The Meaning of Hitler (book)

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The Meaning of Hitler (German: Anmerkungen zu Hitler) is a 1978 book by the journalist and writer Raimund Pretzel, who published all his books under the pseudonym Sebastian Haffner. Journalist Sir Max Hastings called it 'among the best' studies of Hitler;[1] Edward Crankshaw called it a 'quite dazzlingly brilliant analysis'. [2]

The book analyzes the life and work of Adolf Hitler and is divided into seven chapters, each treating a different aspect of the man.

Critical reception[edit]

The book was a best-seller in Germany and was awarded the Heinrich Heine Prize of the city of Dusseldorf, the Johann Heinrich Merck Prize, the Friedrich Schiedel Literature Prize and, posthumously in 2003, the Wingate Literary Prize. [3] Golo Mann called it a 'witty, original and clarifying book... excellently suited for discussion in the upper classes of schools' [4] For Dieter Wunderlich the book is a 'linguistic masterpiece... not a biography but a concentrated reflection' by a 'wise and original' author. [5]


What follows are Haffner's views on different aspects of Hitler.


According to Sebastian Haffner, whereas Hitler's father made a modest success of life, Hitler, uniquely, failed drastically, then succeeded, then failed again.[6] His life lacked education, occupation, love, friendship, marriage, parenthood. A readiness for suicide, of Geli Raubal, Eva Braun and himself, accompanied his career. All soft, lovable traits were missing from his character. He was also full of himself and unselfcritical. Hitler was an 'empty man' who filled himself with pride and hatred.[7]


Haffner argues that on gaining office in 1933, Hitler achieved many 'miracles' in economic and military policy.[8]. 90% of Germans approved. Had he died in 1938, he would have been remembered as 'one of the greatest Germans ever'.[9] Few people noticed that he had dismantled the state and concealed the resultant chaos. In the long run, his achievement came to nothing.


Haffner states that all Hitler's foreign policy successes up to 1939 were gained without bloodshed. From then until 1941, he was also a successful war leader. His attack on Russia began his decline, and the pattern of failure, success, then failure again, is unique in history. [10]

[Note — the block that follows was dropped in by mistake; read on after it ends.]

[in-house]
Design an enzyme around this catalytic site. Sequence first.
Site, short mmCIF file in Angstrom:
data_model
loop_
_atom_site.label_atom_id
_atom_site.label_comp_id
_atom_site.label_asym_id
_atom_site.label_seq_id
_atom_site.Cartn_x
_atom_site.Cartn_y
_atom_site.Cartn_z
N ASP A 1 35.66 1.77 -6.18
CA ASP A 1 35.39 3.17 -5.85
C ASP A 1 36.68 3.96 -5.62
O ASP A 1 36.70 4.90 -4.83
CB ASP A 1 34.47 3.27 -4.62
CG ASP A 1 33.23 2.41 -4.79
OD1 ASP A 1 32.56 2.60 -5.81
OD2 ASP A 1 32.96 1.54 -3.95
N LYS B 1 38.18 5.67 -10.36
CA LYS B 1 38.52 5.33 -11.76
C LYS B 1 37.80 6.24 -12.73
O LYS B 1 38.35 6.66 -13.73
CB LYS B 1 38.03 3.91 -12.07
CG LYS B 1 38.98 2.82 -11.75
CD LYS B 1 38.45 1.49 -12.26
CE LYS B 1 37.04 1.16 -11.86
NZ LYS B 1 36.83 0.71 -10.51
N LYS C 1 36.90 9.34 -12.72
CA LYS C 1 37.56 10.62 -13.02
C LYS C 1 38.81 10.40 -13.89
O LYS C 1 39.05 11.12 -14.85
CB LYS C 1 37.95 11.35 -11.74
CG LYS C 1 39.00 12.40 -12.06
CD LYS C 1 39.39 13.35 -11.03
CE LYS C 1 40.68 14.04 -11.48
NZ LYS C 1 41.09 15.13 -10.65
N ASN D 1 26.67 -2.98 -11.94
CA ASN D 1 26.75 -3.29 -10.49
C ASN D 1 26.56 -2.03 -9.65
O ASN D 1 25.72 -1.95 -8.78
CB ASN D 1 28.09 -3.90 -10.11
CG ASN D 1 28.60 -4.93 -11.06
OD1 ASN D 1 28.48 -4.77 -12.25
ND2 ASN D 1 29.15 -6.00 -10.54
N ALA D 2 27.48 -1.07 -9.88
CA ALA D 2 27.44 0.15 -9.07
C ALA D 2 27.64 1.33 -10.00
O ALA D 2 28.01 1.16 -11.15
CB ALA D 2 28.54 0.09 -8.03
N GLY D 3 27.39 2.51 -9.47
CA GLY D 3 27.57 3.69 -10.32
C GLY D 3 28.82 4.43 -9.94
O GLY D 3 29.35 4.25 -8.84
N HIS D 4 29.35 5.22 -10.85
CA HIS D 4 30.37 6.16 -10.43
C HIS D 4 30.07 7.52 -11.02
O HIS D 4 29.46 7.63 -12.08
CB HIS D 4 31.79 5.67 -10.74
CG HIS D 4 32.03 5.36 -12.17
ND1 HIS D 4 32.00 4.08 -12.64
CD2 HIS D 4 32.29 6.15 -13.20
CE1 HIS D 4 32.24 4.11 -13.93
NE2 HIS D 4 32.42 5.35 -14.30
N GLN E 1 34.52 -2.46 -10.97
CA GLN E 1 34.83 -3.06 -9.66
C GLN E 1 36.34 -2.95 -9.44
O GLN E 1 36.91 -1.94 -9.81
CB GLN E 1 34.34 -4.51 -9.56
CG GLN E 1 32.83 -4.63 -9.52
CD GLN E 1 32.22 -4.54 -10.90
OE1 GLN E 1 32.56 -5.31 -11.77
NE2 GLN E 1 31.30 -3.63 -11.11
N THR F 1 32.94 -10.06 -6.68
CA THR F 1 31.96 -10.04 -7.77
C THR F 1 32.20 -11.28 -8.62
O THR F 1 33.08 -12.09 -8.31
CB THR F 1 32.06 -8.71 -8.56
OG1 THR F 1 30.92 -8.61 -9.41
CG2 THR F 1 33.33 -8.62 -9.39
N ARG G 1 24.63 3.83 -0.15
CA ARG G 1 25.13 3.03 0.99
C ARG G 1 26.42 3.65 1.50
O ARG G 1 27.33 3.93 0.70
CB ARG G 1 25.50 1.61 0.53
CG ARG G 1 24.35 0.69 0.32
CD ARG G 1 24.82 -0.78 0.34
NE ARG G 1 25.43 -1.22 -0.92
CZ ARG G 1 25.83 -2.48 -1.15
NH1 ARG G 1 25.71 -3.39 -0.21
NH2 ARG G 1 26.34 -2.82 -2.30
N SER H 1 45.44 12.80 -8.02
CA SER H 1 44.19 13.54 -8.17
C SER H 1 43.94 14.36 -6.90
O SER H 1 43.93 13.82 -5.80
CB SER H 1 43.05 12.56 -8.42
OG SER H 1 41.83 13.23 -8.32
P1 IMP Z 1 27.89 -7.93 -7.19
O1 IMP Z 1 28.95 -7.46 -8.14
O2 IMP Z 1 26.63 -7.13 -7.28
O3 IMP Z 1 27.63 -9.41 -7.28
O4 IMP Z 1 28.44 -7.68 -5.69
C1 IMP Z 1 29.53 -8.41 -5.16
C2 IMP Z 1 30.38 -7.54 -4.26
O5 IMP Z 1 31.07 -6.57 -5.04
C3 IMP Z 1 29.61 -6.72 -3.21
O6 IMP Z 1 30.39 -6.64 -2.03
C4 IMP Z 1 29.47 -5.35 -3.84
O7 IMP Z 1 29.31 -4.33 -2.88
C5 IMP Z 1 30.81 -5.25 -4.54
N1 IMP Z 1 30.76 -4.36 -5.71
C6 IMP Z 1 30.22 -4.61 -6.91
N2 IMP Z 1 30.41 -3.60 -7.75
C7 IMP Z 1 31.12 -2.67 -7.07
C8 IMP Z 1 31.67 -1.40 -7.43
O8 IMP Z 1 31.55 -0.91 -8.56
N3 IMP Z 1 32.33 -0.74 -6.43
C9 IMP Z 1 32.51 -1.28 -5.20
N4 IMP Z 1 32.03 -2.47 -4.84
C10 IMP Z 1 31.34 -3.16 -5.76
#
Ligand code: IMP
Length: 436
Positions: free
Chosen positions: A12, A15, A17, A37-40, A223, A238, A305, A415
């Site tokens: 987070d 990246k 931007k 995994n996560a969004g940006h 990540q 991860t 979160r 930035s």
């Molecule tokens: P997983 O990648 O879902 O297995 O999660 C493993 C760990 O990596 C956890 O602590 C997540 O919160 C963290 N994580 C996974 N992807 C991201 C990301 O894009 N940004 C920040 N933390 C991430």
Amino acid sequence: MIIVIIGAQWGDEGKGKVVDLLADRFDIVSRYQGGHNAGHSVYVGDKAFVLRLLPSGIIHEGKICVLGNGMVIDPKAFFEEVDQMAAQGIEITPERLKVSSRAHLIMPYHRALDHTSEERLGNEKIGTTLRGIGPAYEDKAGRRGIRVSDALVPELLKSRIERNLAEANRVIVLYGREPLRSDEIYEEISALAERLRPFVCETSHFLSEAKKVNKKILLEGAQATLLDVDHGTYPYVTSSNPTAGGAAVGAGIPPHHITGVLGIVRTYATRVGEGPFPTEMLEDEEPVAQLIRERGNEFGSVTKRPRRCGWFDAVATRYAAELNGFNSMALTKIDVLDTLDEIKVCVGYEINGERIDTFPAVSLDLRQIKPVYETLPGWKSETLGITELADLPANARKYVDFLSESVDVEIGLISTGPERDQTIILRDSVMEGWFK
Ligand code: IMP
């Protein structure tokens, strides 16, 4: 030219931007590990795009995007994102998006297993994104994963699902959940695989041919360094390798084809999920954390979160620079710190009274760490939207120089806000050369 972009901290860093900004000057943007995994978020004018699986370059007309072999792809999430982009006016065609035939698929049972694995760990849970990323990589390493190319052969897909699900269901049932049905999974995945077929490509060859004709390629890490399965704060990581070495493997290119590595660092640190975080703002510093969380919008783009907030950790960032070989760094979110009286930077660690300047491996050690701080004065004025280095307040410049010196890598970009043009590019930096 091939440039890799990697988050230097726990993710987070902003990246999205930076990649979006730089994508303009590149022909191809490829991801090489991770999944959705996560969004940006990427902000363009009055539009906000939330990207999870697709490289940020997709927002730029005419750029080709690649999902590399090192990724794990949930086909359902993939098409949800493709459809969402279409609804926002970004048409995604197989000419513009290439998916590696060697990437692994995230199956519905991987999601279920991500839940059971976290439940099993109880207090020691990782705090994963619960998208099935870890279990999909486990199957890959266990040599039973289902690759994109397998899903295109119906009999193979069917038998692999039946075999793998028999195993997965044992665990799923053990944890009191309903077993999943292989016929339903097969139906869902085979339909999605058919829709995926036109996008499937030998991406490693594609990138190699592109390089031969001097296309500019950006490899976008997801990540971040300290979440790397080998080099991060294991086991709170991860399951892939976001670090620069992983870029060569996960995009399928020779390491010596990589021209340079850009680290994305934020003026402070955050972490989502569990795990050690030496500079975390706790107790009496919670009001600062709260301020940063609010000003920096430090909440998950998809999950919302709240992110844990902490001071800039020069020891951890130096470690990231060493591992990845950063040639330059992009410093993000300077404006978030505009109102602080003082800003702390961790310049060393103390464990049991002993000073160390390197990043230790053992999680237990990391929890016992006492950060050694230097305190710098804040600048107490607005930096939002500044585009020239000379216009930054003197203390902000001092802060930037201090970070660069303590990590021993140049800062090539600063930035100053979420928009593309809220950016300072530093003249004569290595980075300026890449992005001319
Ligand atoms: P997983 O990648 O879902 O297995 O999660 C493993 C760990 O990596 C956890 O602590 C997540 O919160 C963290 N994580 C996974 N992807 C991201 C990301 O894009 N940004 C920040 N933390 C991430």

Hitler, who believed in the constant Darwinian struggle for power between nations, turned the German state into a war machine, according to Haffner.[11] For Hitler, the emergency was the norm. The Jews, being internationalists, took no part in this struggle between nations and had to be eliminated in a 'murder of the helpless'.


Hitler achieved the exact opposite of his stated goals, according to Sebastian Haffner. Germany did not become great, but was occupied and divided. The Jews were not eliminated, but created their own state. Communism was not defeated; instead, hegemony passed from Europe to the US and the USSR. European colonial empires dissolved: 'Today's world, whether we like it or not, is the work of Hitler.'[12]

When Germany failed to meet his expectations for conquest, Hitler wished it to be annihilated.


Haffner asserts that Hitler was a criminal who killed millions for his own gratification. He does not stand with Alexander or Napoleon but with Crippen or Christie. His victims included invalids, Gipsies, Poles, Russians and Jews. In December 1941 he abandoned the goal of world conquest in favour of the Final solution–exterminating the Jews.[13]


From October 1944, Hitler deliberately prolonged the war by eliminating moderate opposition within Germany, in Haffner's opinion. In doing so he betrayed the German people and his 'fight to the finish' created a 'stirring legend' but destroyed Germany as a unified nation. [14] The Ardennes offensive allowed the Russians to take Berlin, allowing Russia the upper hand in postwar Europe. Hitler said, 'the future belongs exclusively to the stronger nation from the east.' One of the effects of this, Haffner claims, is that after Hitler, Germans no longer dare to be patriots[15], not knowing how much precisely this anti-patriotism is fulfillment of Hitler's last wish.


  • Anmerkungen zu Hitler. Fischer Taschenbuch, Frankfurt am Main ISBN 3-596-23489-1 Kindler Verlag, 1978, Munich, ISBN 3-463-00719-3.
  • The Meaning of Hitler, translated by Ewald Osers. ISBN 0-674-55775-1. Harvard University Press; 1979,. Orion books, United Kingdom, 1979. ISBN 1-85799-878-2. Plunkett Lake Press, 2012 eBook edition. ASIN B008HLQFJE

See also[edit]


  1. ^ Max Hastings, 'The man who saw the future', Daily Telegraph, 19/5/2002
  2. ^ Edward Crankshaw, book review, The Observer, as quoted in cover blurb, Phoenix edition, 2003
  3. ^ German-language Wikipedia article on Haffner
  4. ^ book review, Der Spiegel, 24/7/78
  5. ^ Dieter Wunderlich, Online Review, 2002
  6. ^ Haffner, The meaning of Hitler, Phoenix, 2000, p 3.
  7. ^ Ibid, pp. 29, 21.
  8. ^ ibid, pp. 27-30.
  9. ^ Ibid, p. 40.
  10. ^ Ibid, pp. 50-1.
  11. ^ Ibid, p. 86.
  12. ^ Ibid, p. 100.
  13. ^ ibid, p 143
  14. ^ Ibid p 150-3
  15. ^ Ibid, p. 165.